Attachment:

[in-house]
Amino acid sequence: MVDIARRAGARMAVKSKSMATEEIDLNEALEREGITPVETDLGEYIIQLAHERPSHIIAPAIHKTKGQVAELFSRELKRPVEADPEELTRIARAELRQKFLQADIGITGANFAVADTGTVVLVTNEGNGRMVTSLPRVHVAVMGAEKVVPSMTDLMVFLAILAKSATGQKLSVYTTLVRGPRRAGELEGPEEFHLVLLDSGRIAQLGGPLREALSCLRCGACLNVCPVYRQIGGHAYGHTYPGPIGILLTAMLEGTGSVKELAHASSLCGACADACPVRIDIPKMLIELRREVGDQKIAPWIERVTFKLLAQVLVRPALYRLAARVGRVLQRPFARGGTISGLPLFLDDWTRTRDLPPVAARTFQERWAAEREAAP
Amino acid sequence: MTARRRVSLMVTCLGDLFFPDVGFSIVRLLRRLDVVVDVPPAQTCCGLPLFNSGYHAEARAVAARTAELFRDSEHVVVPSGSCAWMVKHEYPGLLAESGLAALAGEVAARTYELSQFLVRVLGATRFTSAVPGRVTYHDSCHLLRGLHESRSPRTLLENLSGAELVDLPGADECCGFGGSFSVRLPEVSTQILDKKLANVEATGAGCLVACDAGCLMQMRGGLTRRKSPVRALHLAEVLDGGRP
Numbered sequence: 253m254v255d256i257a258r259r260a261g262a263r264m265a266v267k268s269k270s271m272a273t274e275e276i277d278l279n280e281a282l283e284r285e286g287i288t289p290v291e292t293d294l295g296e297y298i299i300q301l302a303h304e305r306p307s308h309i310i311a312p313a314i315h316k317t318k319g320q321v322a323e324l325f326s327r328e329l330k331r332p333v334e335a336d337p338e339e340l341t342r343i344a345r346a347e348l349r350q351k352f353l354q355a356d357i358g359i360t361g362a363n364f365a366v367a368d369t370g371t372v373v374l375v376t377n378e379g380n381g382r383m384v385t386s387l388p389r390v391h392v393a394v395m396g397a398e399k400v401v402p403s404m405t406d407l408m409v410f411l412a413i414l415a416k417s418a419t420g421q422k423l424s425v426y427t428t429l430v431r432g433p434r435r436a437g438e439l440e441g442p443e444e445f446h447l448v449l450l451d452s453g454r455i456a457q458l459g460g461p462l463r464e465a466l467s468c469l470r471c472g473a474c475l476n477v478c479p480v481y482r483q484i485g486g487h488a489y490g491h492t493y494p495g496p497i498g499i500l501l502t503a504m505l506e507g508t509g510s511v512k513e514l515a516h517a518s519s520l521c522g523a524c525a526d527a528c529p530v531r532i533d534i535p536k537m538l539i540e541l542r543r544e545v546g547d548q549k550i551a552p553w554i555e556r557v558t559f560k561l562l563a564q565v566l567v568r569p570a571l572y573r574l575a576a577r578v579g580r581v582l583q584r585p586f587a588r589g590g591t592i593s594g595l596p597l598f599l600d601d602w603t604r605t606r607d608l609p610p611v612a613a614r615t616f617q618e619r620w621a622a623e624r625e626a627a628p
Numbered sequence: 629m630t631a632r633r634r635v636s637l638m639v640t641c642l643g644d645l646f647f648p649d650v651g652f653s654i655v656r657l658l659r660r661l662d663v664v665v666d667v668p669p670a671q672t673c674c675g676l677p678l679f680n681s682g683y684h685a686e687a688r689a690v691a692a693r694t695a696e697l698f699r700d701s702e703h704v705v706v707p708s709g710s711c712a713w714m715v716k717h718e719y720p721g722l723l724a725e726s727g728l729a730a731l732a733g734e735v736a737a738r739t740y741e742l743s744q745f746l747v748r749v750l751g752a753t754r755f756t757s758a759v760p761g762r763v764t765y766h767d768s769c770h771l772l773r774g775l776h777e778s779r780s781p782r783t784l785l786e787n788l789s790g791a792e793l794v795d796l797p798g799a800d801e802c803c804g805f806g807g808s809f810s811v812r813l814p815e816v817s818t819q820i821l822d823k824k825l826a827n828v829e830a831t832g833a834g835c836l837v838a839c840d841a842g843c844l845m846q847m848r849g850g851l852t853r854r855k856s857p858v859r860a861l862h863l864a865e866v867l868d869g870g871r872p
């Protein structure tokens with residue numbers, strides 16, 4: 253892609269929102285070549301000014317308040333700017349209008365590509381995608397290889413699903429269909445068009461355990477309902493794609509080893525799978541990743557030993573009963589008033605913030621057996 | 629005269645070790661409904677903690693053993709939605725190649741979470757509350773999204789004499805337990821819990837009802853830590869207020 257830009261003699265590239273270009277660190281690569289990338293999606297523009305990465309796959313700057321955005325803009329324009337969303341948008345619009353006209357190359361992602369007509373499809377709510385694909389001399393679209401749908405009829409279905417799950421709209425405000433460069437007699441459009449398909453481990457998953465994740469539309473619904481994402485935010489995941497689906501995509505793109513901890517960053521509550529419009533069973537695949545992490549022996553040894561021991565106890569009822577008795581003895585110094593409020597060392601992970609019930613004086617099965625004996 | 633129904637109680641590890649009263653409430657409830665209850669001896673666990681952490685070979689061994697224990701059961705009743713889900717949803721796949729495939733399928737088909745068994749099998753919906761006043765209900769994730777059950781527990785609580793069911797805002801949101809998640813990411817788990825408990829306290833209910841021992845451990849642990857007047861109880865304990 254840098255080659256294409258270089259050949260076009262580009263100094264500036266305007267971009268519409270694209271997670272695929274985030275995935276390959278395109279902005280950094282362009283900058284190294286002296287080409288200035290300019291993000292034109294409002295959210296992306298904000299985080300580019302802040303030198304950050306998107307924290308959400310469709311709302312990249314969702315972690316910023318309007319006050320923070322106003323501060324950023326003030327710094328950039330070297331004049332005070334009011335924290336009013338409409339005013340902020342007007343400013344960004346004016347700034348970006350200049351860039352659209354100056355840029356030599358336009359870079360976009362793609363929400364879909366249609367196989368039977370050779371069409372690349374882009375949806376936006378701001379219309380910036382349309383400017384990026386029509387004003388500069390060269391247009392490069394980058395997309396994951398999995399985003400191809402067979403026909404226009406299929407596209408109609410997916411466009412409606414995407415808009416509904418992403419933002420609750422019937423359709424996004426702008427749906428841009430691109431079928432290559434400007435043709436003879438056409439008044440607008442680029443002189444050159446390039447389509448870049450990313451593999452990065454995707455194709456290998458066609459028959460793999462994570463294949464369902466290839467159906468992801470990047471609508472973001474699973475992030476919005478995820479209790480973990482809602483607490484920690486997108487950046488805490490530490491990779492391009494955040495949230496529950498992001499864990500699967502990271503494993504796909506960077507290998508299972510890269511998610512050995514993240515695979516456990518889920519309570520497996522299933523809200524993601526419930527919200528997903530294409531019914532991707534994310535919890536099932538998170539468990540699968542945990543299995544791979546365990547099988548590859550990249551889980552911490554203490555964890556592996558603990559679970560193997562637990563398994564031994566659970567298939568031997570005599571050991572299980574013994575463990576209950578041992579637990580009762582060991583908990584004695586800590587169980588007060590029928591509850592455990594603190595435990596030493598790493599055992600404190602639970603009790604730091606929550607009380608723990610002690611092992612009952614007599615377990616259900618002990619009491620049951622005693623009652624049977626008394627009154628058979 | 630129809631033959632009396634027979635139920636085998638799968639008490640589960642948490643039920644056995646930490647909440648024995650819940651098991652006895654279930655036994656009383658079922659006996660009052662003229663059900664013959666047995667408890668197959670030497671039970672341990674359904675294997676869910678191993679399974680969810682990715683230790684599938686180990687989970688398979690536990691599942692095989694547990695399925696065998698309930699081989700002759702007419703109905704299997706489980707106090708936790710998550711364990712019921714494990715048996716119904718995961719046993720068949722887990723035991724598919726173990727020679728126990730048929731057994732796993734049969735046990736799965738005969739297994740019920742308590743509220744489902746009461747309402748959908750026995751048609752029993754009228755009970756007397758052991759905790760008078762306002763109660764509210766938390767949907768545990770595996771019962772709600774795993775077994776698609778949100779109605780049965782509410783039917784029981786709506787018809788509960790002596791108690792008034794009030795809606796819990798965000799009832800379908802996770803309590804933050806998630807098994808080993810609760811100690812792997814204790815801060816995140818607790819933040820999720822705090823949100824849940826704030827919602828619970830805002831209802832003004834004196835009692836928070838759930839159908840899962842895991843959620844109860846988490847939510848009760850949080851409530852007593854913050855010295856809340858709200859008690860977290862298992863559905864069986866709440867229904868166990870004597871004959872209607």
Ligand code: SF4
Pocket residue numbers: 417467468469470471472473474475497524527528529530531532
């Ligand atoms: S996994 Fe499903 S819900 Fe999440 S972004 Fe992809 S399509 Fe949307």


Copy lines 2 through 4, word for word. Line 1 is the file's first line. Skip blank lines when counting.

Amino acid sequence: MVDIARRAGARMAVKSKSMATEEIDLNEALEREGITPVETDLGEYIIQLAHERPSHIIAPAIHKTKGQVAELFSRELKRPVEADPEELTRIARAELRQKFLQADIGITGANFAVADTGTVVLVTNEGNGRMVTSLPRVHVAVMGAEKVVPSMTDLMVFLAILAKSATGQKLSVYTTLVRGPRRAGELEGPEEFHLVLLDSGRIAQLGGPLREALSCLRCGACLNVCPVYRQIGGHAYGHTYPGPIGILLTAMLEGTGSVKELAHASSLCGACADACPVRIDIPKMLIELRREVGDQKIAPWIERVTFKLLAQVLVRPALYRLAARVGRVLQRPFARGGTISGLPLFLDDWTRTRDLPPVAARTFQERWAAEREAAP
Amino acid sequence: MTARRRVSLMVTCLGDLFFPDVGFSIVRLLRRLDVVVDVPPAQTCCGLPLFNSGYHAEARAVAARTAELFRDSEHVVVPSGSCAWMVKHEYPGLLAESGLAALAGEVAARTYELSQFLVRVLGATRFTSAVPGRVTYHDSCHLLRGLHESRSPRTLLENLSGAELVDLPGADECCGFGGSFSVRLPEVSTQILDKKLANVEATGAGCLVACDAGCLMQMRGGLTRRKSPVRALHLAEVLDGGRP
Numbered sequence: 253m254v255d256i257a258r259r260a261g262a263r264m265a266v267k268s269k270s271m272a273t274e275e276i277d278l279n280e281a282l283e284r285e286g287i288t289p290v291e292t293d294l295g296e297y298i299i300q301l302a303h304e305r306p307s308h309i310i311a312p313a314i315h316k317t318k319g320q321v322a323e324l325f326s327r328e329l330k331r332p333v334e335a336d337p338e339e340l341t342r343i344a345r346a347e348l349r350q351k352f353l354q355a356d357i358g359i360t361g362a363n364f365a366v367a368d369t370g371t372v373v374l375v376t377n378e379g380n381g382r383m384v385t386s387l388p389r390v391h392v393a394v395m396g397a398e399k400v401v402p403s404m405t406d407l408m409v410f411l412a413i414l415a416k417s418a419t420g421q422k423l424s425v426y427t428t429l430v431r432g433p434r435r436a437g438e439l440e441g442p443e444e445f446h447l448v449l450l451d452s453g454r455i456a457q458l459g460g461p462l463r464e465a466l467s468c469l470r471c472g473a474c475l476n477v478c479p480v481y482r483q484i485g486g487h488a489y490g491h492t493y494p495g496p497i498g499i500l501l502t503a504m505l506e507g508t509g510s511v512k513e514l515a516h517a518s519s520l521c522g523a524c525a526d527a528c529p530v531r532i533d534i535p536k537m538l539i540e541l542r543r544e545v546g547d548q549k550i551a552p553w554i555e556r557v558t559f560k561l562l563a564q565v566l567v568r569p570a571l572y573r574l575a576a577r578v579g580r581v582l583q584r585p586f587a588r589g590g591t592i593s594g595l596p597l598f599l600d601d602w603t604r605t606r607d608l609p610p611v612a613a614r615t616f617q618e619r620w621a622a623e624r625e626a627a628p